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This is a part of a c++ program:

cout<< "Width:" << Width << "\n";
cout << "Length: " << Length << endl;

what does the "\n" do in oppose to endl; ?

also,
when do you use void main instead of int main at the beginning of the program?

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Last Post by invisal
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>what does the "\n" do in oppose to endl; ?
endl forces the stream to be flushed, which means that the characters will be written immediately. "\n" doesn't flush the stream, so it's possible that if something happens to interrupt the program between the time you write the characters and the time the stream is flushed, you'll lose the output.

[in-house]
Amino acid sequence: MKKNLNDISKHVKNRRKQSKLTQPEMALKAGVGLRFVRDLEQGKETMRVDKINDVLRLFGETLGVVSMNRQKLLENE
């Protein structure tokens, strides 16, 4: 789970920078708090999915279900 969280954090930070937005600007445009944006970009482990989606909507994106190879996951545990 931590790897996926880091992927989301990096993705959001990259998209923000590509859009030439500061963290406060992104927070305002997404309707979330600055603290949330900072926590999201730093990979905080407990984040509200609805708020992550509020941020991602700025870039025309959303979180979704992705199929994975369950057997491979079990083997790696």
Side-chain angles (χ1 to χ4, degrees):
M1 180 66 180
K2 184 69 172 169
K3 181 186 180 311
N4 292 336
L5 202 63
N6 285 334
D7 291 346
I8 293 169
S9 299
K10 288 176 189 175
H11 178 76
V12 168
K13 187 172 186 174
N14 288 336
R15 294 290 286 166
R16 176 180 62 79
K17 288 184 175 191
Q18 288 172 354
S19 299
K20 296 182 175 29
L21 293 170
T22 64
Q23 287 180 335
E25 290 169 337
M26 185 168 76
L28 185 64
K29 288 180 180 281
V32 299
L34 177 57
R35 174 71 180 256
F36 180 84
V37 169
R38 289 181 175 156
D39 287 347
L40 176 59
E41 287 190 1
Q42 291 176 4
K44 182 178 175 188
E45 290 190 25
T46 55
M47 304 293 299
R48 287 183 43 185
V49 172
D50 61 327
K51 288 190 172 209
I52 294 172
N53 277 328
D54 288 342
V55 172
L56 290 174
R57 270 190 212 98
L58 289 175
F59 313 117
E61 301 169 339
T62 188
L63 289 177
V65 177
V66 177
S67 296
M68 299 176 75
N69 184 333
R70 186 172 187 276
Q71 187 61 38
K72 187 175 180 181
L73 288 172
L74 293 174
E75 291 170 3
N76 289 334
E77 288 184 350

Generally you don't have to worry about using endl because the stream will be flushed at reasonable times for cout, or you should be using cerr for unbuffered output.

>when do you use void main instead of int main at the beginning of the program?
Never. Anyone who does it is wrong.

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int main()
{
   // code here
}

int main() is standard while void main() is not standard. It is good habit to use int main() instead of void main().

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